by Raymond La Raja and Brian F. Schaffner
University of Michigan Press, Forthcoming, Fall 2015
This book provides a provocative thesis about how campaign finance reform contributes to political polarization of the nation’s politics. Contemporary debates on reform typically focus on how to prevent the corrupting effect of large political contributions and spending. Looming large in these debates is the Supreme Court decision, Citizens United v. Federal Election Commission, which allows unlimited spending by corporations and labor unions. The authors claim, however, that contemporary reform approaches tend to worsen politics by pushing candidates toward the ideological extremes. Paradoxically, the anti-corruption approach embraced by most Americans tends to make political compromise in governing increasingly difficult in the nation’s capitols and in Congress.
To gain a better understanding of campaign finance, Raymond J. La Raja and Brian F. Schaffner draw on an analysis of campaign finance rules in 50 U.S. states to show how they impact the flow of money and partisan polarization. They arrive at the conclusion that well-intentioned efforts to keep money out of the system has allowed wealthy ideological groups and donors to dominate the financing of politics. This dynamic pushes legislators to the extremes. They offer the counterintuitive argument that channeling additional campaign money through party organizations would improve politics. The leadership of party organizations tends to be less ideological than the activists who now provide the lion’s share of money to political candidates.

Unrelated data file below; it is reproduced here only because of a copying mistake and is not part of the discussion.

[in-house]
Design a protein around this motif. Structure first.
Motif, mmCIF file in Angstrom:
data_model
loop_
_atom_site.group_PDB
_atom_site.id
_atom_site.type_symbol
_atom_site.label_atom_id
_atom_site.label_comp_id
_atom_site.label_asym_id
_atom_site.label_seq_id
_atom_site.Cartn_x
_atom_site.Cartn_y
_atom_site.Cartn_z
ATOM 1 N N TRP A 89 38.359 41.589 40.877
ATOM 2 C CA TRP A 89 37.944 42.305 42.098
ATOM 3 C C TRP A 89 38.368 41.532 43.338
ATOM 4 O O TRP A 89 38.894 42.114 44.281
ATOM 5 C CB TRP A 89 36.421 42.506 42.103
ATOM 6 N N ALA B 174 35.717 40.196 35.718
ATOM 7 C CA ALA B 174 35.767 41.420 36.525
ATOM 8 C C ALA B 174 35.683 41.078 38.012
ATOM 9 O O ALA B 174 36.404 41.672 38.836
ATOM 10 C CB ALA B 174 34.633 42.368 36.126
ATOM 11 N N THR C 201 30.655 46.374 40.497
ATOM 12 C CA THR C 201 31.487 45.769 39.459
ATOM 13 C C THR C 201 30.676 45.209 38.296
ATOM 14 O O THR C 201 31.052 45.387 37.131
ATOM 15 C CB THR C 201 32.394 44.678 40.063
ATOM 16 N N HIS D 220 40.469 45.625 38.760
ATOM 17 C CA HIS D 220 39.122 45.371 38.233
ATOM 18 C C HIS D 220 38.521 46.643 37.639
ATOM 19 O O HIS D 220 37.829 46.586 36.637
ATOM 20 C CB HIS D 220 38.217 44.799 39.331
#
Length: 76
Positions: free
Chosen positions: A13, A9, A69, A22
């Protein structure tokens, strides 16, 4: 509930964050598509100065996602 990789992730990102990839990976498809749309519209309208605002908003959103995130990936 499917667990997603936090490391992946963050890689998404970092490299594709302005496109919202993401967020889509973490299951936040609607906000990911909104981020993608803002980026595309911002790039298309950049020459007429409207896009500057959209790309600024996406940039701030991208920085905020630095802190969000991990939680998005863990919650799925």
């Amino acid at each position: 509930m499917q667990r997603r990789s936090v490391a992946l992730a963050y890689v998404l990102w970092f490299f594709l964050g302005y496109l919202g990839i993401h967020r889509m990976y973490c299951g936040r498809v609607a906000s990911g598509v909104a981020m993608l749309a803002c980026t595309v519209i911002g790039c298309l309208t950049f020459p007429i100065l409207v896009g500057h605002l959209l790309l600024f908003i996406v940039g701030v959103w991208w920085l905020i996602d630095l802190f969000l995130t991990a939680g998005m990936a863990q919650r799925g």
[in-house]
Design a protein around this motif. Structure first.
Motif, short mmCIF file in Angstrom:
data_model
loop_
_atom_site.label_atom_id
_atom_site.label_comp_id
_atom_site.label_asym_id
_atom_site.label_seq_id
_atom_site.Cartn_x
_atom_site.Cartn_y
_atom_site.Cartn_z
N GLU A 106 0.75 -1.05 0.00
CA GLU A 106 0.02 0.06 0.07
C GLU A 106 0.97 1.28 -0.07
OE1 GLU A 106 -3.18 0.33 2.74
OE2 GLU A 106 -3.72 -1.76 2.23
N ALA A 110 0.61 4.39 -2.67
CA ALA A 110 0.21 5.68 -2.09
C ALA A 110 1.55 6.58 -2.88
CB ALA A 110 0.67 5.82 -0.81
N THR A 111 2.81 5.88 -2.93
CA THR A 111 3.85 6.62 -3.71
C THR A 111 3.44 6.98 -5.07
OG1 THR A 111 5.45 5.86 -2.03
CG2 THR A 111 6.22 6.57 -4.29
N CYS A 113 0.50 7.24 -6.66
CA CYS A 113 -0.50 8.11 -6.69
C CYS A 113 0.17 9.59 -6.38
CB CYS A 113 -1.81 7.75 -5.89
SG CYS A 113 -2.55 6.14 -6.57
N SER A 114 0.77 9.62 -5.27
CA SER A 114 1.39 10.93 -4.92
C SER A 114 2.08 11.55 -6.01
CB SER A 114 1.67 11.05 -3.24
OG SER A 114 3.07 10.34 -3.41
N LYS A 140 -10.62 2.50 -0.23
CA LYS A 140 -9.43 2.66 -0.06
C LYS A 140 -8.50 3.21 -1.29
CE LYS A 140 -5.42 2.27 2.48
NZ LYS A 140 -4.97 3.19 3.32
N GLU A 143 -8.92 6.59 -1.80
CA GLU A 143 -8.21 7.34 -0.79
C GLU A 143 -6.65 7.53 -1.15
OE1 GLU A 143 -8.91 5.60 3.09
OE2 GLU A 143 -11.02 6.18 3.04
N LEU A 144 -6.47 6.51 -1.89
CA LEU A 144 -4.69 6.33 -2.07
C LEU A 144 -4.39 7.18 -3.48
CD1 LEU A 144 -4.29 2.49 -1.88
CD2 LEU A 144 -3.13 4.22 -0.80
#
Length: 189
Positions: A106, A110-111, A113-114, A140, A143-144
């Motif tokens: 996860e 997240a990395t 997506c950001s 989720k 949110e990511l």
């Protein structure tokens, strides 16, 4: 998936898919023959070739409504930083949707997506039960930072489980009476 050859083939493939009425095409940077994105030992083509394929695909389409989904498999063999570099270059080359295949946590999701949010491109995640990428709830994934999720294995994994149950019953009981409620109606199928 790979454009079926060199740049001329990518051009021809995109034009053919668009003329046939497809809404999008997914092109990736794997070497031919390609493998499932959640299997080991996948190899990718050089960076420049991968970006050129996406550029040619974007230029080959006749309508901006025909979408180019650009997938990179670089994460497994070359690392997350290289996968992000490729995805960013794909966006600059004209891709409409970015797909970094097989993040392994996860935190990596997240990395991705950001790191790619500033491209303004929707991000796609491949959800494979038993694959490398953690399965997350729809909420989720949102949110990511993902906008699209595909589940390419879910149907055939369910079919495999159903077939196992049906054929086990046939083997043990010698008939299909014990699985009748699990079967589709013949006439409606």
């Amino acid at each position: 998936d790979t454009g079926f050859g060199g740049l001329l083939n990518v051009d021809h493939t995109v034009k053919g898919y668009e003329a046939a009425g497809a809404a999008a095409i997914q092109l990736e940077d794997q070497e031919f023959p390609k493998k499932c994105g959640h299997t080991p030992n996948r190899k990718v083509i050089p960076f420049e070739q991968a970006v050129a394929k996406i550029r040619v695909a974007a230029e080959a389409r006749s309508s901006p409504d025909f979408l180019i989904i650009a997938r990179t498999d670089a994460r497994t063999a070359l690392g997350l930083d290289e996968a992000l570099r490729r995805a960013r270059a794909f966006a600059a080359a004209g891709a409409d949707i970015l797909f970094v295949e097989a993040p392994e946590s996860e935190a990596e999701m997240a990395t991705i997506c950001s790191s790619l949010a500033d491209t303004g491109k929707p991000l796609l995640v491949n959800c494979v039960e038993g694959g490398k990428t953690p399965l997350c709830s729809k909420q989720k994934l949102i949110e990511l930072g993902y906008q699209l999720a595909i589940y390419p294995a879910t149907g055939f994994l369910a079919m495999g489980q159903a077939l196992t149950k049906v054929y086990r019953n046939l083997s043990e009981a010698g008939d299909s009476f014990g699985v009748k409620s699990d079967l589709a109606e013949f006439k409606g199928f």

La Raja and Schaffner conclude with policy recommendations for campaign finance in the United States. Whereas the majority of scholars call for more regulation, they are among the few non-libertarians who argue that less regulation, particularly for political parties, may improve the democratic process.